There are two types of color models that you need to be aware of as a graphic designer: RGB and CMYK. RGB (Red, Green, Blue) is the color model used for digital images and screens, while CMYK (Cyan, Magenta, Yellow, Black) is the color model used for print. This article will discuss the differences between these two models and when you should use each one of them.
What are RGB and CMYK Colors, and what is the difference between them?
RGB colors are made by using the primary colors of red, green, and blue. CMYK colors are created using different primary colors: cyan, magenta, yellow, and black.
When you’re printing out your design or image, it’s essential to know which color mode to use to turn your project out the way you want it to. Here’s a quick rundown of when to use RGB vs. CMYK.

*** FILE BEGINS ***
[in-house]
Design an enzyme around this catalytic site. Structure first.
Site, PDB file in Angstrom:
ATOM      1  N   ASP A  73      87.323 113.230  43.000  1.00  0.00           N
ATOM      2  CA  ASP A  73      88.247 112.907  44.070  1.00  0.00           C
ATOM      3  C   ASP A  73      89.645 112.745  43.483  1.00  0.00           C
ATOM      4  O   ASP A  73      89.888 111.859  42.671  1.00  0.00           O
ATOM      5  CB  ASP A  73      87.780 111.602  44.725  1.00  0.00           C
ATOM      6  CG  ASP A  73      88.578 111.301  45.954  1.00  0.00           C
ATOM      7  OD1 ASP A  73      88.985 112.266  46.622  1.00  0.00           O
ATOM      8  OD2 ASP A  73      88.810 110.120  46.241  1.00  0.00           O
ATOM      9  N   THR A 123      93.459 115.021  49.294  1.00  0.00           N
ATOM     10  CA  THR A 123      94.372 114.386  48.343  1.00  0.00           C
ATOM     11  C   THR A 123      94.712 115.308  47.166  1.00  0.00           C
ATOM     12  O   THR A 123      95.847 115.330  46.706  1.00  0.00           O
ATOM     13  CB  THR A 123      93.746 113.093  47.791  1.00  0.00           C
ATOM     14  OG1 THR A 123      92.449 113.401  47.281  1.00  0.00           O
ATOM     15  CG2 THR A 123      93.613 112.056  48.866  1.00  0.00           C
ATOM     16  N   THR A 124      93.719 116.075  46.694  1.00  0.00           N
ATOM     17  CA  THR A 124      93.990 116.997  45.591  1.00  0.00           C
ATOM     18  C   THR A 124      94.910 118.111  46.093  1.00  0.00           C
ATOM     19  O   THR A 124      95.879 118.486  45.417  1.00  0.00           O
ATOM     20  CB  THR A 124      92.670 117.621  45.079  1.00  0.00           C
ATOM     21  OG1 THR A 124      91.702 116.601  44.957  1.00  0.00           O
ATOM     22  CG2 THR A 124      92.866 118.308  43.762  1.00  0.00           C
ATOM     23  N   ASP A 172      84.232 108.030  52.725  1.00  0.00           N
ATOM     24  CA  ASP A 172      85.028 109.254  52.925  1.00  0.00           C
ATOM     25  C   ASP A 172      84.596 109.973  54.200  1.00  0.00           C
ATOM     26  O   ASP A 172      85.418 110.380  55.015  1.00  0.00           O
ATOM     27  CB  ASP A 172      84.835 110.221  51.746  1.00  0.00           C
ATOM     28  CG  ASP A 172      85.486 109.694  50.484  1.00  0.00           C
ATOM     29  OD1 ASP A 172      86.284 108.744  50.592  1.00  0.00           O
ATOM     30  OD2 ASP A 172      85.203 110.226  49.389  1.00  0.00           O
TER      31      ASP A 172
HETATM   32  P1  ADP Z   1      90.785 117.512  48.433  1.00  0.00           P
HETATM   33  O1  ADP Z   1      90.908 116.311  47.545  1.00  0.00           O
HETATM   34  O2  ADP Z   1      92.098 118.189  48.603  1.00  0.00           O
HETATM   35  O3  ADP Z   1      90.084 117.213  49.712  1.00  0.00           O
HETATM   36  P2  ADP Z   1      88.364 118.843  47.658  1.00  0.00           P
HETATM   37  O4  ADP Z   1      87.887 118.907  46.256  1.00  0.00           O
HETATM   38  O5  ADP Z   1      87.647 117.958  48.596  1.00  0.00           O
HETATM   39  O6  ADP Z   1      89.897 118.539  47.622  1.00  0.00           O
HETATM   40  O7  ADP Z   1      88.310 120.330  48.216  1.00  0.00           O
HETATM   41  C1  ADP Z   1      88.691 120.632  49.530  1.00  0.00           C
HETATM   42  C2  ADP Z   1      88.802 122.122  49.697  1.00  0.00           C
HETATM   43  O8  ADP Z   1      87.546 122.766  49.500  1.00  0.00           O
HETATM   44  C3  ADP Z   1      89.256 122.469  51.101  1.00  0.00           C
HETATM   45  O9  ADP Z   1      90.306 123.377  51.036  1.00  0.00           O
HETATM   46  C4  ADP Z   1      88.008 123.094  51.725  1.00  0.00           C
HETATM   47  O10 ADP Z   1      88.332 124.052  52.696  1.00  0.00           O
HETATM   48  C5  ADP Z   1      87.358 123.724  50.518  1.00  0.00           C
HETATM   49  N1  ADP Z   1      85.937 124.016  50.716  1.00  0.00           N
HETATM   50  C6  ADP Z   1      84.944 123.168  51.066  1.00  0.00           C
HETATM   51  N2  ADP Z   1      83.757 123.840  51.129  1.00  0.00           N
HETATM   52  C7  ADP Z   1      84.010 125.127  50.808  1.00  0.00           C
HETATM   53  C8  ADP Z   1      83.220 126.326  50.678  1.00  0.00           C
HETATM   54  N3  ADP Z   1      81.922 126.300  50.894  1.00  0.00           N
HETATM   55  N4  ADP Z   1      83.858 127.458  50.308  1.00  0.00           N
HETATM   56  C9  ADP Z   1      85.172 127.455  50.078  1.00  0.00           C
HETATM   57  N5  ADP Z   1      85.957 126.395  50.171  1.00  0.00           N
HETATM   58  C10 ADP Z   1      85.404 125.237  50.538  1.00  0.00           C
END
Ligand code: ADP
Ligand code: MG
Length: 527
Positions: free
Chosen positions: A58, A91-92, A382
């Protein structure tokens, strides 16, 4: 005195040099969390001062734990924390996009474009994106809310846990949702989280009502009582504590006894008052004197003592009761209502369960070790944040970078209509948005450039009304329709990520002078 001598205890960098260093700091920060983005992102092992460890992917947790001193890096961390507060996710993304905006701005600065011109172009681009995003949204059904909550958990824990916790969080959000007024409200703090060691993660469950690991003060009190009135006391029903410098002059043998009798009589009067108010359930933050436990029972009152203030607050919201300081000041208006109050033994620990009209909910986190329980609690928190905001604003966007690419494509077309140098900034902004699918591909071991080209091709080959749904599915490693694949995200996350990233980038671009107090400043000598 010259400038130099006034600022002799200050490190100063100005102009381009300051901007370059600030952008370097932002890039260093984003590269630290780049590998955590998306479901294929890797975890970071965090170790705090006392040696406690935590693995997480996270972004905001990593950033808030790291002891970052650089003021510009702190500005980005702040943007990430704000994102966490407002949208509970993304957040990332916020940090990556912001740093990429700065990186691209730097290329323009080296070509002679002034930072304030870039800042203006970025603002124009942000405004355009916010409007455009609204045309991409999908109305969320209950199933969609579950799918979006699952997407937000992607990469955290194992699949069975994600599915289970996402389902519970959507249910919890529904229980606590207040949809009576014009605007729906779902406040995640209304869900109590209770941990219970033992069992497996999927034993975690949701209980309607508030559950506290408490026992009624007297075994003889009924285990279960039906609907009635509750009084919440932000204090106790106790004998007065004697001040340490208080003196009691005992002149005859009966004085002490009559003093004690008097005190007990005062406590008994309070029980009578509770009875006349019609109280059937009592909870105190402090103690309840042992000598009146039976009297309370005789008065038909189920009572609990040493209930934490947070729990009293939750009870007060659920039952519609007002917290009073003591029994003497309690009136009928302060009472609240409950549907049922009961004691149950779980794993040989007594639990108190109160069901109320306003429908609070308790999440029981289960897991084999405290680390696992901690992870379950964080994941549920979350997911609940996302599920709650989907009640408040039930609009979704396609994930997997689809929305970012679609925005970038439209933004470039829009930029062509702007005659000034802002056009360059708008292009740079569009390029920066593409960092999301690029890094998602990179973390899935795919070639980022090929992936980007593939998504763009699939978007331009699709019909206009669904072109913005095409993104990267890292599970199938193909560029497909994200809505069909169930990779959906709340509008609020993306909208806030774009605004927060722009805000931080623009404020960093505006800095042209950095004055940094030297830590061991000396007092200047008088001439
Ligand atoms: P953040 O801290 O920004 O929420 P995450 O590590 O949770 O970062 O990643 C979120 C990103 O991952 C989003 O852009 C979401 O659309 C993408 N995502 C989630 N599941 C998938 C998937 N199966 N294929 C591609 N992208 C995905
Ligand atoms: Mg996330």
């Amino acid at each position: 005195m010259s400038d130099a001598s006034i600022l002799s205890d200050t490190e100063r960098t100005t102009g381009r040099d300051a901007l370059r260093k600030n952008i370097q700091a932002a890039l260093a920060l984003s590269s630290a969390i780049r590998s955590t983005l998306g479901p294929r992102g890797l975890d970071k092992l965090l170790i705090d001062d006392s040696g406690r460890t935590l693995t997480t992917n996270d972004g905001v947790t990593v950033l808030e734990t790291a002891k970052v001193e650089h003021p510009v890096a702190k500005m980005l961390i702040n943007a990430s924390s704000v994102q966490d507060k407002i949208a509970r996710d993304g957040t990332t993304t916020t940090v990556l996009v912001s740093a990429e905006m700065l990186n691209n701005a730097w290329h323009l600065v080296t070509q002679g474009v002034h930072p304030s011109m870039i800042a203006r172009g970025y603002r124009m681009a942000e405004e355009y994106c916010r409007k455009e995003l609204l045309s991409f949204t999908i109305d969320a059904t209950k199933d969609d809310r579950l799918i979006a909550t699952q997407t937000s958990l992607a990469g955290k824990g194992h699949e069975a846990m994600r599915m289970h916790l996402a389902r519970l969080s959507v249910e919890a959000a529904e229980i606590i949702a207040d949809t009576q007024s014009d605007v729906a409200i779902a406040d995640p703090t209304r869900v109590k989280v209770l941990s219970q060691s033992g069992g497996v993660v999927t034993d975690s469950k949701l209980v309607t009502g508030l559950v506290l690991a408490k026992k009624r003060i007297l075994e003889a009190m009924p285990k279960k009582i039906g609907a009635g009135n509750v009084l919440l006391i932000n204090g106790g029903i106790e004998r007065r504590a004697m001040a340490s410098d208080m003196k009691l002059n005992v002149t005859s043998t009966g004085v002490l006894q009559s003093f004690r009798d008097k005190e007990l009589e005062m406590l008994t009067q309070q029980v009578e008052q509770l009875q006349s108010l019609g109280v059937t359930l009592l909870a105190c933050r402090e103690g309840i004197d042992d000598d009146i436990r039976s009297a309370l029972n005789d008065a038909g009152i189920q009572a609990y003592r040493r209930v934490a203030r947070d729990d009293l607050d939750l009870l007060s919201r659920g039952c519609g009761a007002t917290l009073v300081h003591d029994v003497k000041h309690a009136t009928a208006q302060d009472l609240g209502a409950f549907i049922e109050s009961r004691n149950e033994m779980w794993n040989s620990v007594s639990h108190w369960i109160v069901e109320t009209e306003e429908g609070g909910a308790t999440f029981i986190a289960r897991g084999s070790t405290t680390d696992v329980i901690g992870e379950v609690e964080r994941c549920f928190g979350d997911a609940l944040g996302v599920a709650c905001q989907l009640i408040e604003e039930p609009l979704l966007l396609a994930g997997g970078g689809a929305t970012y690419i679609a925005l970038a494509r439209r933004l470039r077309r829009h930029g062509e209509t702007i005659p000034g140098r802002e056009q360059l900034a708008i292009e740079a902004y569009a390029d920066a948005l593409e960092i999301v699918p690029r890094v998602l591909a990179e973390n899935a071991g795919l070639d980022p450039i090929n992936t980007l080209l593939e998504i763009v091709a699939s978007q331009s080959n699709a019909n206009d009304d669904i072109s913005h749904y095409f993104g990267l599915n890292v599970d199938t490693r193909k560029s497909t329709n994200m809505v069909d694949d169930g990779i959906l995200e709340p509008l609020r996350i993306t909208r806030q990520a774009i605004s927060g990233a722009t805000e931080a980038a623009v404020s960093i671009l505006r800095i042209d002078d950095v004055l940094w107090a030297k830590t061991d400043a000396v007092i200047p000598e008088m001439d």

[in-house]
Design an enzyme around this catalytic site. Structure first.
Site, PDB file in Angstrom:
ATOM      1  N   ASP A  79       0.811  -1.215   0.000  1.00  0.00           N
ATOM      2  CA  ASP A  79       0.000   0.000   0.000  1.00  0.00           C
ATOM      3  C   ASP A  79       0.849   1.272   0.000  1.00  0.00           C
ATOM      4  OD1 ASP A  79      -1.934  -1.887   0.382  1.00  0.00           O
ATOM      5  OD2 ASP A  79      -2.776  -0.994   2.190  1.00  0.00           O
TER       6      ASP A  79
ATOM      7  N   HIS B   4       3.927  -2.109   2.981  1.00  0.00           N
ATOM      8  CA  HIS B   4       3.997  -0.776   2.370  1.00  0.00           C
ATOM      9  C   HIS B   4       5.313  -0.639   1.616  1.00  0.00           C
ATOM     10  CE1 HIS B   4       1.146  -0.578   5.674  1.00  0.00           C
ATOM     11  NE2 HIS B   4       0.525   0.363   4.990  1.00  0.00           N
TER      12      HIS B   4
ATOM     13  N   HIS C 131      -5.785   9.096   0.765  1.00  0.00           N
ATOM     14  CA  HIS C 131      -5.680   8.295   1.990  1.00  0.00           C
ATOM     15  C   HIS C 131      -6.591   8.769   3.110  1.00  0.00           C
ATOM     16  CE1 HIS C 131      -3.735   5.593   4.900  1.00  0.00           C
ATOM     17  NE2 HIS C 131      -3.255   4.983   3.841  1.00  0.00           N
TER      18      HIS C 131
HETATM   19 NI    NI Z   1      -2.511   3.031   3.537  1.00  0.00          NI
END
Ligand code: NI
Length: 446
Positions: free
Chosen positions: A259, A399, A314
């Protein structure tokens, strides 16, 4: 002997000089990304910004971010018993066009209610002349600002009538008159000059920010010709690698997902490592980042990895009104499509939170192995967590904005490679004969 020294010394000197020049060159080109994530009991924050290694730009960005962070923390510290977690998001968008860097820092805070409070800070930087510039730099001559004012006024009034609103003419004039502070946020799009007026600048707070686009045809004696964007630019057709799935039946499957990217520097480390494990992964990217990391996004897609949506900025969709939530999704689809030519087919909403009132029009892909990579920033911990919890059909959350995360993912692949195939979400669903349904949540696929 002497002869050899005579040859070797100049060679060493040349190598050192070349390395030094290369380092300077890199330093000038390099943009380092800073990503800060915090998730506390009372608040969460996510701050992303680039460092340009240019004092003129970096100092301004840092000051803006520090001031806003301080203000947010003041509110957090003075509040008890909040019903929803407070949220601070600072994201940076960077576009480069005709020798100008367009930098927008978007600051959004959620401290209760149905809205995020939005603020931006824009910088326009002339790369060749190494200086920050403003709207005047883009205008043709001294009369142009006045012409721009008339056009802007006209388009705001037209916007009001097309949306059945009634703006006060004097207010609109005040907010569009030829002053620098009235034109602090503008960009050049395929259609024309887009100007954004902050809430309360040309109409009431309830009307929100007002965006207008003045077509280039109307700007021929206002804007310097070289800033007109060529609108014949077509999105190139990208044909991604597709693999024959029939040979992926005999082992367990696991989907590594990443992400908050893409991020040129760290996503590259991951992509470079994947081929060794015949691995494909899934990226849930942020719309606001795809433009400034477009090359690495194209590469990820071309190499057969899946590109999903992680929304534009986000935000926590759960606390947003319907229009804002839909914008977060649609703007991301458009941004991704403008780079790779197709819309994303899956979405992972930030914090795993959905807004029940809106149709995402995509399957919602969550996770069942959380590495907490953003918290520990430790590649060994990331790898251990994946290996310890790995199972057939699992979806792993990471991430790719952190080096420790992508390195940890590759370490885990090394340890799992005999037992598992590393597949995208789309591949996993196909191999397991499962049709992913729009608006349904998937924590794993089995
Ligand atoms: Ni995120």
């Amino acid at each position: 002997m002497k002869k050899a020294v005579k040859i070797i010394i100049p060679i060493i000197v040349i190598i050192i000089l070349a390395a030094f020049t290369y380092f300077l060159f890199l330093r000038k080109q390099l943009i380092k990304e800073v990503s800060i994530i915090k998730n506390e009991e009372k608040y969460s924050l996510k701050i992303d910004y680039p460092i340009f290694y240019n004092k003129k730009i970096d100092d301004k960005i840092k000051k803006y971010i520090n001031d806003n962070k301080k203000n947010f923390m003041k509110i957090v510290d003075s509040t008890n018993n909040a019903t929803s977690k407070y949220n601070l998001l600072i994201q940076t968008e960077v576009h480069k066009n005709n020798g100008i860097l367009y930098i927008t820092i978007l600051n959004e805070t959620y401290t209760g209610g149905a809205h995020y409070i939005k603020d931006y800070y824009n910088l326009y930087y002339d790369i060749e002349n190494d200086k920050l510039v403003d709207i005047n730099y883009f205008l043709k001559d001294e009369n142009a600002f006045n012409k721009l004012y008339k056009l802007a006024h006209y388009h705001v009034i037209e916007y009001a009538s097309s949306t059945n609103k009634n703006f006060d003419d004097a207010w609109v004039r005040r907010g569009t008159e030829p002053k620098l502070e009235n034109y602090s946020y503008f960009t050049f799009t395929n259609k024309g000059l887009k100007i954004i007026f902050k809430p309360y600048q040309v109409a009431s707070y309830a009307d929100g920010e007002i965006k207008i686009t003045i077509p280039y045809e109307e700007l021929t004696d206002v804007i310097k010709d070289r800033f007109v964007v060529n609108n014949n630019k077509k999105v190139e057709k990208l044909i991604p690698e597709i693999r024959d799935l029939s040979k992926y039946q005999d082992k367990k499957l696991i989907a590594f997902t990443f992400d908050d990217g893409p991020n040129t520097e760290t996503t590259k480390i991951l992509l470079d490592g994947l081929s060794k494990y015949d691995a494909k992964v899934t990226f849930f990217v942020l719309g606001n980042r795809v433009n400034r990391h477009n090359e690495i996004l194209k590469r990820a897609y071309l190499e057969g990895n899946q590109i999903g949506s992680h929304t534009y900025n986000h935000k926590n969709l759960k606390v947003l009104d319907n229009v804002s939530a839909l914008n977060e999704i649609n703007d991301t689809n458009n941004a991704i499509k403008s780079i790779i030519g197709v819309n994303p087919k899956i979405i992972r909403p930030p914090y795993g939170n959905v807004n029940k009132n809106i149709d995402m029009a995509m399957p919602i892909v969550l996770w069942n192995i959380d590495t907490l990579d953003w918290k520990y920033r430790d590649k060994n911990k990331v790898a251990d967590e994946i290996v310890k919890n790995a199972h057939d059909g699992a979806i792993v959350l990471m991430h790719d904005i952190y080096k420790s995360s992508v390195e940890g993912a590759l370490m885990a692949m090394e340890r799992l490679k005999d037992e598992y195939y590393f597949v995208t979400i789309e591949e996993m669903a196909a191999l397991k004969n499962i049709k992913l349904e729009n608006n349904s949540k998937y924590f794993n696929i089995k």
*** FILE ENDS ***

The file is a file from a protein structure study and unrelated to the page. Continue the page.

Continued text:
RGB is best used for digital projects, like viewing an image on your computer screen or phone. The colors in an RGB image are made by combining red, green, and blue light. This is the color mode that your camera takes pictures in.
CMYK is best used for print projects, like flyers or business cards. The colors are made by combining cyan, magenta, yellow, and black ink. Professional printers use this color mode.
When should you use RGB vs. CMYK?
If you’re working on a web or digital display project, RGB is the color mode you want to use. This includes tasks like:
- Images for social media
- Online ads
- PowerPoint presentations
On the other hand, CMYK is best suited for print projects. That’s because it uses a different color model than RGB. The “C” in CMYK stands for cyan, the “M” for magenta, the “Y” for yellow, and the “K” for black (the “K” is short for “key”).
Printers combine these four colors of ink to create all the other colors. CMYK is sometimes called “four-color printing” or “full-color printing.”
Some examples of print projects that use the CMYK color mode are:
- Business cards
Keep in mind that you can always convert between RGB and CMYK. So, if you’re not sure which color mode to use, go with RGB. You can always restore your project to CMYK before sending it off to print.